DICT.TW Dictionary Taiwan

Search for: [Show options]

[Pronunciation] [Help] [Database Info] [Server Info]

4 definitions found

From: DICT.TW English-Chinese Dictionary 英漢字典

 pro·pi·ti·a·tion /proˌpɪʃiˈeʃən/
 安撫;和解

From: Webster's Revised Unabridged Dictionary (1913)

 Pro·pi·ti·a·tion n.
 1. The act of appeasing the wrath and conciliating the favor of an offended person; the act of making propitious.
 2. Theol. That which propitiates; atonement or atoning sacrifice; specifically, the influence or effects of the death of Christ in appeasing the divine justice, and conciliating the divine favor.
    He [Jesus Christ] is the propitiation for our sins.   --1 John ii. 2.
 

From: WordNet (r) 2.0

 propitiation
      n 1: the act of placating and overcoming distrust and animosity
           [syn: placation, conciliation]
      2: the act of atoning for sin or wrongdoing (especially
         appeasing a deity) [syn: expiation, atonement]

From: Easton's 1897 Bible Dictionary

 Propitiation
    that by which God is rendered propitious, i.e., by which it
    becomes consistent with his character and government to pardon
    and bless the sinner. The propitiation does not procure his love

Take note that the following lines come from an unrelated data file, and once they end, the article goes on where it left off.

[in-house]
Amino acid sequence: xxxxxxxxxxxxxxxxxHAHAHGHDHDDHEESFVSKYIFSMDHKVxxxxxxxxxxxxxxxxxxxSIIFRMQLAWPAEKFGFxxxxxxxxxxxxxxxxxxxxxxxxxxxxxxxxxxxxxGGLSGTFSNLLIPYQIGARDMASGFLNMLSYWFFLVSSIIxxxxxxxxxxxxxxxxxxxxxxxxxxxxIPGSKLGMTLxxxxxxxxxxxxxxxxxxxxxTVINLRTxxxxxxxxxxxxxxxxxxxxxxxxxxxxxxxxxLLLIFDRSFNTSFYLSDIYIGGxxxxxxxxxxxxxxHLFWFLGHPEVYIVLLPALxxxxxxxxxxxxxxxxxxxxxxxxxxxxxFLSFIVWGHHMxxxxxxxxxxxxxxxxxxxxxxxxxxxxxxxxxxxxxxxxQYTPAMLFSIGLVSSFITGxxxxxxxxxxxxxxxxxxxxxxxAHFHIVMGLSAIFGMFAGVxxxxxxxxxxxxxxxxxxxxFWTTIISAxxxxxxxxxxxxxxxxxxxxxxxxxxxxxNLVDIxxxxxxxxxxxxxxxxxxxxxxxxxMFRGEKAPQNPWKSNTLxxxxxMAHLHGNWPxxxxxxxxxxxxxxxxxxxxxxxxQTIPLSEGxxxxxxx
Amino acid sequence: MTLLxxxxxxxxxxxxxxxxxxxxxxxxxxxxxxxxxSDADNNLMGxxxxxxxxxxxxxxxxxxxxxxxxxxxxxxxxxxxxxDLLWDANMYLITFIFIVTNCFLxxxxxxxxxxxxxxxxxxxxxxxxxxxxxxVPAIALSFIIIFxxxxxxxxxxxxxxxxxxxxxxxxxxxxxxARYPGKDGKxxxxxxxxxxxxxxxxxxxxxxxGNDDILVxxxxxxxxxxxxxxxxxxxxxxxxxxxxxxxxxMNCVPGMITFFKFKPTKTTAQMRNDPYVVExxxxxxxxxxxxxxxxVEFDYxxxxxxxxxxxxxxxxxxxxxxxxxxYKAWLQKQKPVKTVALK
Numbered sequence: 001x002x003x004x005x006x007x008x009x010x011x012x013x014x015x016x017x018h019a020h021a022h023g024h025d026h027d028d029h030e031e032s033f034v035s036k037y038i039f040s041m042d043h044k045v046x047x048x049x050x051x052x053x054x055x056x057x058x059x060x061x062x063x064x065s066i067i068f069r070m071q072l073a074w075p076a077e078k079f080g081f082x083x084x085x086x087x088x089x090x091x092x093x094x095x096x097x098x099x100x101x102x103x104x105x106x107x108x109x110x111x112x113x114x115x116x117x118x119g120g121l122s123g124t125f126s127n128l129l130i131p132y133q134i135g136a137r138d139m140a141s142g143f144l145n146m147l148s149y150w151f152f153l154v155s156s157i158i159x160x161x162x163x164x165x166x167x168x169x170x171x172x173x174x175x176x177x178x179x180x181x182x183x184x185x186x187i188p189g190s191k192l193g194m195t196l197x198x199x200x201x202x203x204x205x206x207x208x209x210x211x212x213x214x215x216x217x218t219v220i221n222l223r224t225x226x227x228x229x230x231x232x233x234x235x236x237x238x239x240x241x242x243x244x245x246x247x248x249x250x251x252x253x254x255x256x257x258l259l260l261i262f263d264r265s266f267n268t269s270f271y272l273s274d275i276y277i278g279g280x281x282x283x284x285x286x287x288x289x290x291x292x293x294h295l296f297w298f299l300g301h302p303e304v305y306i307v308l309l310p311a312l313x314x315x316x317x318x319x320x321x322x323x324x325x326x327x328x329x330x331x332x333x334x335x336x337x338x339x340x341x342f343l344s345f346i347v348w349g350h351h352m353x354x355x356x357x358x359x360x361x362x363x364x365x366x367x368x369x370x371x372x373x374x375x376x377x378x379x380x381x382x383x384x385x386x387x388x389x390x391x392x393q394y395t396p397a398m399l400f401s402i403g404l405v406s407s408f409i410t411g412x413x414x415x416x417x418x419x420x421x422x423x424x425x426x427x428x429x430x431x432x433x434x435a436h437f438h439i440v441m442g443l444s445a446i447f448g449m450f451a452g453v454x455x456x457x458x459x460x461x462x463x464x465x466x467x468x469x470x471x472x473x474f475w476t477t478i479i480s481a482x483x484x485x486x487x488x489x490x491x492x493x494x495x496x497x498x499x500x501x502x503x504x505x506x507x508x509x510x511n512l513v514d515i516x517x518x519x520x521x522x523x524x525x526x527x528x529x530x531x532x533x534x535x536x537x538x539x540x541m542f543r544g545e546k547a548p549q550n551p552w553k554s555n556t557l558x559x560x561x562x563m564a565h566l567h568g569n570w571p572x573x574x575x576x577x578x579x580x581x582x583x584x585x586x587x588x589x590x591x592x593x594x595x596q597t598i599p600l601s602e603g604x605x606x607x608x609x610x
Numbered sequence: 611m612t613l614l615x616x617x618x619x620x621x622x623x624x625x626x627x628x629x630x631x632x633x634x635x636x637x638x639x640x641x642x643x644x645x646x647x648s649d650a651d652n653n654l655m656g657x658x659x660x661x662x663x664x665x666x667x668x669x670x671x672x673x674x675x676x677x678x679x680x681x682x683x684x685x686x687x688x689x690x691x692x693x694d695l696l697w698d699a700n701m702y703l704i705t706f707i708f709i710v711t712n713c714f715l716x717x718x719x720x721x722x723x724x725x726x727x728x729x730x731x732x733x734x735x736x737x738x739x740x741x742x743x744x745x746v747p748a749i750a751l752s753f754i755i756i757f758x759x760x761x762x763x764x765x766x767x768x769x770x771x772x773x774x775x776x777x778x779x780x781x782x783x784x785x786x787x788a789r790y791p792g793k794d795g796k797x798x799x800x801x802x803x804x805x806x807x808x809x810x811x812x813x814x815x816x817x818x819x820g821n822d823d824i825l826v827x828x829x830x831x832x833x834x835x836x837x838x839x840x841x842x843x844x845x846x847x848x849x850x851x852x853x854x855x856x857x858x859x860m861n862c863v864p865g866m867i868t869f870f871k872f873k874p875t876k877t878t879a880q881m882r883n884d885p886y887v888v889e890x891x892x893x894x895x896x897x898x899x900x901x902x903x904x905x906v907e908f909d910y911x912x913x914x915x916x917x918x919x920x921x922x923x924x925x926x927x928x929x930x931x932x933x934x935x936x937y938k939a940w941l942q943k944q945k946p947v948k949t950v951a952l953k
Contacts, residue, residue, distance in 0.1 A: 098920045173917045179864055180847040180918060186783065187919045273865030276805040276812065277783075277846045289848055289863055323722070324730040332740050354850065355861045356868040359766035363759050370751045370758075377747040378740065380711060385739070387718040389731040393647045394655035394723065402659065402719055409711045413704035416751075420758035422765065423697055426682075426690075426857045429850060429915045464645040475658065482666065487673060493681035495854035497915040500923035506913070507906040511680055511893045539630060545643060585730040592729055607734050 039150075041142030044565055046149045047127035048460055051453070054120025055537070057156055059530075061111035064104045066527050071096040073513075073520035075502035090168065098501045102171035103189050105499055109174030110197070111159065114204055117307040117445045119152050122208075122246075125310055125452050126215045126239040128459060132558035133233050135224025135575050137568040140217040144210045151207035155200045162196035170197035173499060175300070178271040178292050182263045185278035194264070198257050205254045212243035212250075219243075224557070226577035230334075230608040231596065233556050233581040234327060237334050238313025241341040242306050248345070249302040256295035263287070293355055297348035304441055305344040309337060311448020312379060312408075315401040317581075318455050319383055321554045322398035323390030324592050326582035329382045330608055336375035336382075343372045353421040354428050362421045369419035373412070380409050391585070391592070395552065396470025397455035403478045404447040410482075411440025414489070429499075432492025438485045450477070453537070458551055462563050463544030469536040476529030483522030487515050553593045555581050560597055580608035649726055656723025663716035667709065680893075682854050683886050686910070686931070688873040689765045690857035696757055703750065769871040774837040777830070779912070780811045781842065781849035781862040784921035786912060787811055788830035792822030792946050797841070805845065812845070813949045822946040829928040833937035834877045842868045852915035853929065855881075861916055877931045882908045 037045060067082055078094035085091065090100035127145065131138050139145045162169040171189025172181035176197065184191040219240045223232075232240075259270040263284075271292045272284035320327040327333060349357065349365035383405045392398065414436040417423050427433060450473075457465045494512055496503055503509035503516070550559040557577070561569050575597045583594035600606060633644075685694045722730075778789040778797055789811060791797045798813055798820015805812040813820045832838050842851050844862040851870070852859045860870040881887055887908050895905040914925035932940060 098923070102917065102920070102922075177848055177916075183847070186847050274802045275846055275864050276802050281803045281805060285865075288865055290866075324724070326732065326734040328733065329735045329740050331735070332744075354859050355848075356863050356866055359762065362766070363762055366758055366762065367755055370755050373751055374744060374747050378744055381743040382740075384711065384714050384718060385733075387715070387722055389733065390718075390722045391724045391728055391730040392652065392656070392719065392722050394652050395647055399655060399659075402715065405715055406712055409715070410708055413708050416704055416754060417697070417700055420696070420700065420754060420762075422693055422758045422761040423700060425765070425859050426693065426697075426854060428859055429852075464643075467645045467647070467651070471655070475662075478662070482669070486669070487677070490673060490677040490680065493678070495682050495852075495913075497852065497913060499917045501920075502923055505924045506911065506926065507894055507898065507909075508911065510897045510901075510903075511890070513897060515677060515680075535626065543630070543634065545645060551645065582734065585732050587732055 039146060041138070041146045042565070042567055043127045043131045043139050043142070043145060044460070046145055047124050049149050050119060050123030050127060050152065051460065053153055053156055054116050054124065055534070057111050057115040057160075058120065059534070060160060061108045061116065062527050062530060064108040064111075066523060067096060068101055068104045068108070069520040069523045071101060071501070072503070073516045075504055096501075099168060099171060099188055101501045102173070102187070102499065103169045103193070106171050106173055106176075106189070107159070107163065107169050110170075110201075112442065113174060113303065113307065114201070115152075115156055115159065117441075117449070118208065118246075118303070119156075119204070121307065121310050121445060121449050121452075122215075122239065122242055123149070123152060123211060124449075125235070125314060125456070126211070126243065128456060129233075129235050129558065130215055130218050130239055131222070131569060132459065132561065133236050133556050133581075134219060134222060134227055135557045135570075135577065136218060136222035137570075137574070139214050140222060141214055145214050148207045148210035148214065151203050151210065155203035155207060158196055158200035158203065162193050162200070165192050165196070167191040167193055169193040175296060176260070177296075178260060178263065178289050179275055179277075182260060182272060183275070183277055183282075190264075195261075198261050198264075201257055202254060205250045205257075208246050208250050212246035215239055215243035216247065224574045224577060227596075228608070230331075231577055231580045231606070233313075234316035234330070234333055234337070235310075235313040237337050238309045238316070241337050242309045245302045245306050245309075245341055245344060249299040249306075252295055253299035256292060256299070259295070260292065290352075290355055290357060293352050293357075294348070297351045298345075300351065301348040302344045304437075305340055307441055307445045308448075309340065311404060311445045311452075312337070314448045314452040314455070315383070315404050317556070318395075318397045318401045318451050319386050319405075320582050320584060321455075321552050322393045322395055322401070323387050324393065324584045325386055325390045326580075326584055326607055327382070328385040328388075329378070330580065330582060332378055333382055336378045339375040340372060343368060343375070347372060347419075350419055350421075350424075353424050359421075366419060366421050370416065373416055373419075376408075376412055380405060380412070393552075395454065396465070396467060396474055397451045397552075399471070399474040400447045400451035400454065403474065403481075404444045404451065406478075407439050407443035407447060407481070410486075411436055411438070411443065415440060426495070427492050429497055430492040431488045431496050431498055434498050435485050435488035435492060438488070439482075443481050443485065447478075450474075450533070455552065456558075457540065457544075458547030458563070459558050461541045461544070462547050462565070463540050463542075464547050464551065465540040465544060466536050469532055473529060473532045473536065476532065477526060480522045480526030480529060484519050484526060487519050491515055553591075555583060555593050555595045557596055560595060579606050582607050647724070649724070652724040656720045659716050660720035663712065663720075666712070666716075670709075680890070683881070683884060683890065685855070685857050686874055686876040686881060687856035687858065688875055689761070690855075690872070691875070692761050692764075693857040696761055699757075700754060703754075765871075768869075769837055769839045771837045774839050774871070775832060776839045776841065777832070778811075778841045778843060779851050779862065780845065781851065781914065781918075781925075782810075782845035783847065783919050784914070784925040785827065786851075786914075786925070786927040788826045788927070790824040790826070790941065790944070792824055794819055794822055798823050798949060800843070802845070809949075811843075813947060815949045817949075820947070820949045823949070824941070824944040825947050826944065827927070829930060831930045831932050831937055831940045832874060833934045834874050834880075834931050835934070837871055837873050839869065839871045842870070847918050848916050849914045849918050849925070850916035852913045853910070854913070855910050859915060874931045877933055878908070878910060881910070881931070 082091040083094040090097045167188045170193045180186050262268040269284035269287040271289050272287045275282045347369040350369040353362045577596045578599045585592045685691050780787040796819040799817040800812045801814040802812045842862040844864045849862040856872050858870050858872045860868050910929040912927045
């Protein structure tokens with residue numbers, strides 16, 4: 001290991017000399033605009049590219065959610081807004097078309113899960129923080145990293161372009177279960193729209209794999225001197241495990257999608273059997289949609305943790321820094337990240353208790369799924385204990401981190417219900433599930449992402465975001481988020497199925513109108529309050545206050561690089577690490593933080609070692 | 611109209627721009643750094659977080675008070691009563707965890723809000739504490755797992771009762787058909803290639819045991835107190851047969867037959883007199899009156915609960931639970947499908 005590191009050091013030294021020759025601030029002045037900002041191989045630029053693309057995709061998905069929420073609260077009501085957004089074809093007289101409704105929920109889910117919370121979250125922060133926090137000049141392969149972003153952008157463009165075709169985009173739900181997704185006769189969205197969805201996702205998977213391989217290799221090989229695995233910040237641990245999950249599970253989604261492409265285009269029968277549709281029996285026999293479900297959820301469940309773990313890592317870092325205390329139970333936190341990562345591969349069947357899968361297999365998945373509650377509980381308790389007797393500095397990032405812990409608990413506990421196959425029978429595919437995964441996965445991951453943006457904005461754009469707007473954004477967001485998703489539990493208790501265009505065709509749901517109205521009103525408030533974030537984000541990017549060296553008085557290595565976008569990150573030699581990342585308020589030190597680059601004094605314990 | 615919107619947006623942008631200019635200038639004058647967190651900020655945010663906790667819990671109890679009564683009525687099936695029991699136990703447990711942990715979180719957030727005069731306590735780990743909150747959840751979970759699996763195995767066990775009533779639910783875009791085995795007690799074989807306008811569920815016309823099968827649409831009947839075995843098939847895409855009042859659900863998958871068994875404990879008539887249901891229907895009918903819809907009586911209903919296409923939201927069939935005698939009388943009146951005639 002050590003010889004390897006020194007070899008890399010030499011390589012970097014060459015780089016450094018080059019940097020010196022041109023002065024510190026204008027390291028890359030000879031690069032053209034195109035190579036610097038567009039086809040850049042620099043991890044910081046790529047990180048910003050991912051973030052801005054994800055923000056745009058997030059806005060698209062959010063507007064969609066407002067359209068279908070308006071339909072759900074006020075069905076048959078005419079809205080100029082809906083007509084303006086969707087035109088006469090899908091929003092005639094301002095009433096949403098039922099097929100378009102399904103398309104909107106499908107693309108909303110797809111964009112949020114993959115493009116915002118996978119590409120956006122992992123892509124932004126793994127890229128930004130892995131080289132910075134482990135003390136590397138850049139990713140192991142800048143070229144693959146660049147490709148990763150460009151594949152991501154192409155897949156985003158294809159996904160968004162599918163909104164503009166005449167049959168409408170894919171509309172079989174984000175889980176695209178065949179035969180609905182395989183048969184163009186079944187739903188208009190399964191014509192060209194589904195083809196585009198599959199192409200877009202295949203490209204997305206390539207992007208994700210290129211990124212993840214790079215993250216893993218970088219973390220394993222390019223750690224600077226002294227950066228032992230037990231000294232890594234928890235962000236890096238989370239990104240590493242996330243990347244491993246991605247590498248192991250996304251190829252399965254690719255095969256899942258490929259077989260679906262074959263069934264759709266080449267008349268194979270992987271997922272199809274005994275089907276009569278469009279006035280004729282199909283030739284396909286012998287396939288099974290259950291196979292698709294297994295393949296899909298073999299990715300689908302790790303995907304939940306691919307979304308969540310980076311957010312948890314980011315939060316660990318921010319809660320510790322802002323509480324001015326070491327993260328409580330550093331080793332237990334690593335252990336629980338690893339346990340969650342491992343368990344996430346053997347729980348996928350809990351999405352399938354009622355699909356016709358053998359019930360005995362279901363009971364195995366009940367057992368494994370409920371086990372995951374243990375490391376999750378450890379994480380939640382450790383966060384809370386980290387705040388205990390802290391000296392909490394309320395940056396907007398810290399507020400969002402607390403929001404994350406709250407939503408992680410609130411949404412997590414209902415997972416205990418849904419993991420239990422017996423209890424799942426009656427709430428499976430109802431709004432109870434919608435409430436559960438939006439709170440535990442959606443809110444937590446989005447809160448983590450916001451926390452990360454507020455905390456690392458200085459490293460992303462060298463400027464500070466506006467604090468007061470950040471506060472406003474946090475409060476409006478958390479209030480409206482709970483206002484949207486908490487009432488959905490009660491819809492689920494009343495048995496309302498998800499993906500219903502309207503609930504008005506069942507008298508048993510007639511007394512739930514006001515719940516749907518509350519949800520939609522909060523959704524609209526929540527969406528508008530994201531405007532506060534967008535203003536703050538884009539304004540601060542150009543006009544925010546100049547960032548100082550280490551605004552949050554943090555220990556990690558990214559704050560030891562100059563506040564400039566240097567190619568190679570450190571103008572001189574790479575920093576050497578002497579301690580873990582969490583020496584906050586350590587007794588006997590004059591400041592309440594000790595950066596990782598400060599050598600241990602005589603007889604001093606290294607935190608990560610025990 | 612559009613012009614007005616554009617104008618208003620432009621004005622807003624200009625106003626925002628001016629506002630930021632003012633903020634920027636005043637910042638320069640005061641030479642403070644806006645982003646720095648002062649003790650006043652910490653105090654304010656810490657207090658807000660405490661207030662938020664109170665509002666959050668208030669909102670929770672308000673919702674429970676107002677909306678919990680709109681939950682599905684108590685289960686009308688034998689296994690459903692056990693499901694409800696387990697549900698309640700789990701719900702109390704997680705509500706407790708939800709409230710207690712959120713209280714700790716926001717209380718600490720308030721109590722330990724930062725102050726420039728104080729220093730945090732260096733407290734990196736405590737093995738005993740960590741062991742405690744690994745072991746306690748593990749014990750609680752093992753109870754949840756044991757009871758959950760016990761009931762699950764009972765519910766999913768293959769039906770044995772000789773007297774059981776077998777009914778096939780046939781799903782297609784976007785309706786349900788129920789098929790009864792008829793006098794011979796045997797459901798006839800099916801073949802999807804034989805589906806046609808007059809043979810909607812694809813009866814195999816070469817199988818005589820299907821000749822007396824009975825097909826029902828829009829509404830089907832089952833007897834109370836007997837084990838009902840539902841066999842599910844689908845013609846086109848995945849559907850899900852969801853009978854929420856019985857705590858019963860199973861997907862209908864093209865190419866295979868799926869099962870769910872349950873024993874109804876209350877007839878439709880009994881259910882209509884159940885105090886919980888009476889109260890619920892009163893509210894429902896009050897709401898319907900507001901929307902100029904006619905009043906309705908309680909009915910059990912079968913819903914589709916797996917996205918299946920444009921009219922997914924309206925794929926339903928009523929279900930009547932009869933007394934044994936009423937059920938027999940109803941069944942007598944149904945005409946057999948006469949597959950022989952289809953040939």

or make him loving; it only renders it consistent for him to
    execise his love towards sinners.
      In Rom. 3:25 and Heb. 9:5 (A.V., "mercy-seat") the Greek word
    _hilasterion_ is used. It is the word employed by the LXX.
    translators in Ex. 25:17 and elsewhere as the equivalent for the
    Hebrew _kapporeth_, which means "covering," and is used of the
    lid of the ark of the covenant (Ex. 25:21; 30:6). This Greek
    word (hilasterion) came to denote not only the mercy-seat or lid
    of the ark, but also propitation or reconciliation by blood. On
    the great day of atonement the high priest carried the blood of
    the sacrifice he offered for all the people within the veil and
    sprinkled with it the "mercy-seat," and so made propitiation.
      In 1 John 2:2; 4:10, Christ is called the "propitiation for
    our sins." Here a different Greek word is used (hilasmos).
    Christ is "the propitiation," because by his becoming our
    substitute and assuming our obligations he expiated our guilt,
    covered it, by the vicarious punishment which he endured. (Comp.
    Heb. 2:17, where the expression "make reconciliation" of the
    A.V. is more correctly in the R.V. "make propitiation.")